Syrian troops drove insurgents from central Homs on Monday, tightening their siege on remaining rebel bastions in the strategically important city, which links Damascus to the Mediterranean heartland of President Bashar al-Assad’s Alawite sect.
The military’s gains in Khalidiya district follow a counter-offensive by Assad’s forces, which have pushed back rebels around the Syrian capital and retaken several towns near the border with Lebanon in the last few weeks.
“As of this morning the armed forces, in collaboration with the National Defence Force, took full control of Khalidiya,” an army officer said, referring to the NDF militia which has fought in the offensive, along with Lebanese Hezbollah guerrillas.
“The fate of terrorists will be under our feet,” he said, claiming that all Homs will soon be “cleansed” of rebels.
Shattered, deserted ruins and weeds sprouting a metre high in the rubble-filled streets around him showed the scale of the destruction and neglect in a city which was once an industrial powerhouse in Syria.
Also badly damaged in the Khalidiya fighting was the distinctive black and white stone mosque housing the shrine of early Islamic military leader Khalid ibn al-Walid.
Some activists disputed the capture of Khalidiya district, saying heavy clashes continued on Monday morning, but conceded the army had control of almost the entire neighbourhood.
The army’s progress in Khalidiya comes a month after it launched an offensive in Homs city, building on its capture of the border towns of Qusair and Tel Kalakh, which were both used to bring the rebels arms and fighters from Lebanon.
The UK-based Syrian Observatory for Human Rights, a group which supports the activists, said government troops had overrun most of the neighbourhood apart from a few pockets of resistance in its southern areas.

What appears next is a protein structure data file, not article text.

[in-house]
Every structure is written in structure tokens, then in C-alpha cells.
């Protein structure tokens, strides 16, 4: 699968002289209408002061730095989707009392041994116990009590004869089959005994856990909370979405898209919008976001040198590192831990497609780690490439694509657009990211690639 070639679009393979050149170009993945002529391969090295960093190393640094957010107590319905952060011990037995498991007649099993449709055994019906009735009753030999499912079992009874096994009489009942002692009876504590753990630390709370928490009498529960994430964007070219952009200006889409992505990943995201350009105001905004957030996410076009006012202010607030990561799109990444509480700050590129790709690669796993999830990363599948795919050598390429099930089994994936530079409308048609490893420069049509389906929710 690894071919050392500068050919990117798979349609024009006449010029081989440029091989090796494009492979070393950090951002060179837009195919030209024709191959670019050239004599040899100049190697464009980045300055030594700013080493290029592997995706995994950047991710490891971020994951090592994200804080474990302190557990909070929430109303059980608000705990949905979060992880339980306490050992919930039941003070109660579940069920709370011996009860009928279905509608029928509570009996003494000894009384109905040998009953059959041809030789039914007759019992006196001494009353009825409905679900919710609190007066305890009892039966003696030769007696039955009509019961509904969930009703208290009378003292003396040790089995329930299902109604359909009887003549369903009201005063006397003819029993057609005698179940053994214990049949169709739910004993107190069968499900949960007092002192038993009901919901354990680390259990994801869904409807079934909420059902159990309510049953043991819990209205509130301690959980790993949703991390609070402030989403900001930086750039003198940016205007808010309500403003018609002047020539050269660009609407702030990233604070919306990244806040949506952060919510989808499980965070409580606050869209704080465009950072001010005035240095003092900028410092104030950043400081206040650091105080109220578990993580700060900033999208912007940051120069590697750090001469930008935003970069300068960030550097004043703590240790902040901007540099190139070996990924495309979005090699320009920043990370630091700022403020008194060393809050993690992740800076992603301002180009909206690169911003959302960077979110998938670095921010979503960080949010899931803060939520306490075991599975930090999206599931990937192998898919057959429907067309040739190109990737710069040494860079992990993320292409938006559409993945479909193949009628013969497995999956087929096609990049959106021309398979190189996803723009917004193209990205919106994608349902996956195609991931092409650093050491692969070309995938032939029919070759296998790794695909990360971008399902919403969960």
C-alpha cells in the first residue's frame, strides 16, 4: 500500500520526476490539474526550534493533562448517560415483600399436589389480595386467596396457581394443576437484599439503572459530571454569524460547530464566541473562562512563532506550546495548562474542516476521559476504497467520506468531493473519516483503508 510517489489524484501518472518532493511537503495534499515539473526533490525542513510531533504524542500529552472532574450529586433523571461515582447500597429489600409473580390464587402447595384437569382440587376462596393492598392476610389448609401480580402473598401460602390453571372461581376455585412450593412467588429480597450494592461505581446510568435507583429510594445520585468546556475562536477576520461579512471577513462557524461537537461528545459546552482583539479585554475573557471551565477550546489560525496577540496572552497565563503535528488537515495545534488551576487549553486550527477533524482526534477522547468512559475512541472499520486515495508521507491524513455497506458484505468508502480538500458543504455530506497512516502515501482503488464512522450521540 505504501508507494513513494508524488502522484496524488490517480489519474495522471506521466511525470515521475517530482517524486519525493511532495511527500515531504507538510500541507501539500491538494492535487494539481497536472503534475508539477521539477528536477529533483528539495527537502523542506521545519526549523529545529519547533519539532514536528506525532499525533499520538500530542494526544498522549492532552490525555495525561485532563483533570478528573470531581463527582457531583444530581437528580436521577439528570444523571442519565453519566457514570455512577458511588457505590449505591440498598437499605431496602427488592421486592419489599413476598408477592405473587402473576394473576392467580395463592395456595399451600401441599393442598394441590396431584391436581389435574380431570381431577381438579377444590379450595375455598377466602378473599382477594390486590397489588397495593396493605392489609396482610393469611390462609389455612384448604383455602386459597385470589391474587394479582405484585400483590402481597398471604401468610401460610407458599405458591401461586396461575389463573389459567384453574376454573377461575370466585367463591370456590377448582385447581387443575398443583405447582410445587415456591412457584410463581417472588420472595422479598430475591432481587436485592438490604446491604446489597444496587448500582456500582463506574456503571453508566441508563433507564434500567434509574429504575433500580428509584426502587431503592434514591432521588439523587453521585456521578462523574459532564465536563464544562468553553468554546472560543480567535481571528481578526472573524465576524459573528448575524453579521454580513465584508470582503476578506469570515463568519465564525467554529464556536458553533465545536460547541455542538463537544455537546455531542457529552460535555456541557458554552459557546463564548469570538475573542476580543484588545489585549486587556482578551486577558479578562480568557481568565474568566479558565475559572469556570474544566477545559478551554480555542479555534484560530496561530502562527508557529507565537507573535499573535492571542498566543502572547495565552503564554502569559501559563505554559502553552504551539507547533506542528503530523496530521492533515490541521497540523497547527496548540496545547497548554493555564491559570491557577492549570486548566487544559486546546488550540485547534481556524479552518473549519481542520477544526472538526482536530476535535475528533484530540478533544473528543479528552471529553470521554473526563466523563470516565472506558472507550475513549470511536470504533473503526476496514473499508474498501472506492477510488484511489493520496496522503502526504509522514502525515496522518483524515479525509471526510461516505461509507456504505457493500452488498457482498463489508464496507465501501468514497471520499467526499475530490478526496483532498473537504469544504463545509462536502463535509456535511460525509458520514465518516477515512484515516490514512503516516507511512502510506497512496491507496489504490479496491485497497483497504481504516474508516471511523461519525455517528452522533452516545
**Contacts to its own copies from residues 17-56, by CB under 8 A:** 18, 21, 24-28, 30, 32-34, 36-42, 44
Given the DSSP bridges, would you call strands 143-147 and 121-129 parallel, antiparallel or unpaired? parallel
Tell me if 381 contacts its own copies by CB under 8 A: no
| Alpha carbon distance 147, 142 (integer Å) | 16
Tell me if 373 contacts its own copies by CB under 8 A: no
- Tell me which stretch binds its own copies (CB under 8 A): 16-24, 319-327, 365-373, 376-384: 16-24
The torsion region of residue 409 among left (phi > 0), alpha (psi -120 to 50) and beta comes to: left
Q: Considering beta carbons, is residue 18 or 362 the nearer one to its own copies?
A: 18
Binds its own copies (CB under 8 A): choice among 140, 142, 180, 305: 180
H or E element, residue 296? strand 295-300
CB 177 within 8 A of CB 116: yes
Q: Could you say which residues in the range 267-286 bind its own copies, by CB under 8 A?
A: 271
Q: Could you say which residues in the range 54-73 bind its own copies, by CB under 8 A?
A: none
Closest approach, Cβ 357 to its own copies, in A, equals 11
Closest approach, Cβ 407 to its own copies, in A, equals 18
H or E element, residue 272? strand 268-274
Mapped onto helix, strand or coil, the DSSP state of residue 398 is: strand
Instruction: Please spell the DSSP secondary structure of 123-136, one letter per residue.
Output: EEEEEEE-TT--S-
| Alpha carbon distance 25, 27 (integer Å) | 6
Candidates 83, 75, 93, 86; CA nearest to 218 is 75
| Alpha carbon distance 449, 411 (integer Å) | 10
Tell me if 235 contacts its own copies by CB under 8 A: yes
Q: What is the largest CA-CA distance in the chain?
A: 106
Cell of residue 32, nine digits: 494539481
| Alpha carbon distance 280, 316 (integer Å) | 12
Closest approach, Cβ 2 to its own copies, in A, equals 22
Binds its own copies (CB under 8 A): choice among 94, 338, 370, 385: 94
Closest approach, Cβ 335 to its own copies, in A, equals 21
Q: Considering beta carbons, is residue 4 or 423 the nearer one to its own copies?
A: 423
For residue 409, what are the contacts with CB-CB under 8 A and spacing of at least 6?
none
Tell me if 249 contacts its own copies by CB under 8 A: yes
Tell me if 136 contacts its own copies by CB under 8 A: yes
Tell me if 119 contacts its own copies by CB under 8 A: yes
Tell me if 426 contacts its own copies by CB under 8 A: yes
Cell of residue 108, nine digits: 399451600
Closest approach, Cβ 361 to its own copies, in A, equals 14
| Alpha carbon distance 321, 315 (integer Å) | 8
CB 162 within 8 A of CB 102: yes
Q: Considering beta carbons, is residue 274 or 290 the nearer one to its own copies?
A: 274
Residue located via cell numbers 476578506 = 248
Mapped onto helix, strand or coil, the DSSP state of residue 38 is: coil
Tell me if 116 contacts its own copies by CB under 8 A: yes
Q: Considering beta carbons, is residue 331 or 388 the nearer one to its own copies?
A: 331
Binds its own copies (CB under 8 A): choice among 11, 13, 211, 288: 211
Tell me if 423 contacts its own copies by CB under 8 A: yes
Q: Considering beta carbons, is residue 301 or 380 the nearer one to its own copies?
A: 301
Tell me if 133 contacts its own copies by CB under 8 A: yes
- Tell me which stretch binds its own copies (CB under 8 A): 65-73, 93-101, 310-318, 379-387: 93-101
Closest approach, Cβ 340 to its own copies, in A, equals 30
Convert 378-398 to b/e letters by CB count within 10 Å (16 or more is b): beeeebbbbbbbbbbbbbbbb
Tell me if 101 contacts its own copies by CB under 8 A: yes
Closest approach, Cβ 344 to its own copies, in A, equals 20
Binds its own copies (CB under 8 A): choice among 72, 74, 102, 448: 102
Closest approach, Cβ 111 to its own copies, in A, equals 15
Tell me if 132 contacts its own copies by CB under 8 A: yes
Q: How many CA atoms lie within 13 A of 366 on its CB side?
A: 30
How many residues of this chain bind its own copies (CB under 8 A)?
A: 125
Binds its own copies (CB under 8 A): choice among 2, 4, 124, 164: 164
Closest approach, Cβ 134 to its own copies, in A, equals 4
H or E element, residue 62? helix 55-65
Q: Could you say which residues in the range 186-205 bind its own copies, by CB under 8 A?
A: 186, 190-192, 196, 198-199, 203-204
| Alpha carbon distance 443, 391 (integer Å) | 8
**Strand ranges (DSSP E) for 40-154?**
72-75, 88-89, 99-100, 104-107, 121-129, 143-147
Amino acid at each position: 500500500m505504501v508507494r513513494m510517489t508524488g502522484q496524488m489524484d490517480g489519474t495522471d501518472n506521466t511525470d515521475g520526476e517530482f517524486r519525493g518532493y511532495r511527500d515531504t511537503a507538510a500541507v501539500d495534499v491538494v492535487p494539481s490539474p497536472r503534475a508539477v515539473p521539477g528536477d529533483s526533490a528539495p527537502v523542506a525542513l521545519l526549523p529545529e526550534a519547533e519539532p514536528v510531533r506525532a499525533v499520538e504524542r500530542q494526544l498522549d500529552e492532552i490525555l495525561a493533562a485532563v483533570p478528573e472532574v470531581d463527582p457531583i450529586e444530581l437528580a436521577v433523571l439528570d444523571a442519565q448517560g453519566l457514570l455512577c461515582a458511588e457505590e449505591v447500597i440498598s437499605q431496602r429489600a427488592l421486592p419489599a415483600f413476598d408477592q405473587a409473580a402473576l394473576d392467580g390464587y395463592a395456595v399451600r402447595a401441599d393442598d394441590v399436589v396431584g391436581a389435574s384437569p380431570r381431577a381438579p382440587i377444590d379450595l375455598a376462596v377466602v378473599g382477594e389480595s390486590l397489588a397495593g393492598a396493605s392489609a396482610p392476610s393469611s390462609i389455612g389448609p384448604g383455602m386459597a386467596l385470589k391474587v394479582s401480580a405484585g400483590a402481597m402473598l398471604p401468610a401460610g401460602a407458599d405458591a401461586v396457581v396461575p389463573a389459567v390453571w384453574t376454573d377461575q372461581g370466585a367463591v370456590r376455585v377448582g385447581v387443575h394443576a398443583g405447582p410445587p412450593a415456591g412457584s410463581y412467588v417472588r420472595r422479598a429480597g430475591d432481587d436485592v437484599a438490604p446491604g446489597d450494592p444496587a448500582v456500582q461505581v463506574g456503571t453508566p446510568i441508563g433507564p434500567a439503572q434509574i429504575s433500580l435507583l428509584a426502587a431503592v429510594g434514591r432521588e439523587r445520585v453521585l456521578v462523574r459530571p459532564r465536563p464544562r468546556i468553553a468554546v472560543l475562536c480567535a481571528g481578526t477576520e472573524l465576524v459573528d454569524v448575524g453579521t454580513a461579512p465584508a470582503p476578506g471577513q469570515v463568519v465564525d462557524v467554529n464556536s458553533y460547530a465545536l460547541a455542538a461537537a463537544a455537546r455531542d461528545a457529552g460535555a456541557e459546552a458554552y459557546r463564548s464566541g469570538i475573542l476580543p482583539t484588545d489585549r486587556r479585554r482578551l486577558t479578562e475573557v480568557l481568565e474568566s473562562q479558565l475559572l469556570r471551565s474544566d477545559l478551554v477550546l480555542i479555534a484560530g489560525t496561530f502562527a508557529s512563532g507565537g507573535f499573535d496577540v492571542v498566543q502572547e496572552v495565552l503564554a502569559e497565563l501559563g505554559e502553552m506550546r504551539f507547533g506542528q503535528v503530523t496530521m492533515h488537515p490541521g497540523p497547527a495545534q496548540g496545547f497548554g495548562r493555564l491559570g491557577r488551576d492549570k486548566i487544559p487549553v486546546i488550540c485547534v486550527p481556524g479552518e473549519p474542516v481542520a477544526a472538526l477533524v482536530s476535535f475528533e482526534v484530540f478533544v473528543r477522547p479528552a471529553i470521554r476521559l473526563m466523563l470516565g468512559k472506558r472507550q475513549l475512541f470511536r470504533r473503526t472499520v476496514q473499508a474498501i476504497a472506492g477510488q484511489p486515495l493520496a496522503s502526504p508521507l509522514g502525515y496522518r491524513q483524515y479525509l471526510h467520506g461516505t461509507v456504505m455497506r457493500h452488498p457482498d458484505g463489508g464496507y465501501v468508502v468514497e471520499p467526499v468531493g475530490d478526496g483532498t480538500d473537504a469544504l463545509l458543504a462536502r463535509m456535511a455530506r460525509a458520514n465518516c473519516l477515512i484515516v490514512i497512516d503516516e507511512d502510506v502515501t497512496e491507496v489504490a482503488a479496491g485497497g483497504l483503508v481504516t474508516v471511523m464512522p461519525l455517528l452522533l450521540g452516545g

Another member of the opposition, who wished to remain anonymous, conceded that the battle for Khalidiya was “almost over”.
Homs has been the target of a brutal and relentless siege for around a month, with rebels losing more and more ground to the combined forces of the Syrian army, paramilitary groups sympathetic to President Bashar al-Assad and troops from the Lebanese Islamic militant group Hezbollah.
In early June, regime forces captured the key border towns of Qusair and Talkalakh in the Homs province, not far from Lebanon.
The province is Syria's largest, running from the Lebanese frontier in the west to the border with Iraq and Jordan in the east. Homs itself holds strategic value because it is a crossroads between Damascus in the north and the coastal region that is a stronghold for President Assad's Alawite sect.
Khalidiya used to have a population of about 80,000, but with residents fleeing the violence and fighting over the past two years reducing many buildings to rubble, only around 2,000 people remain there today.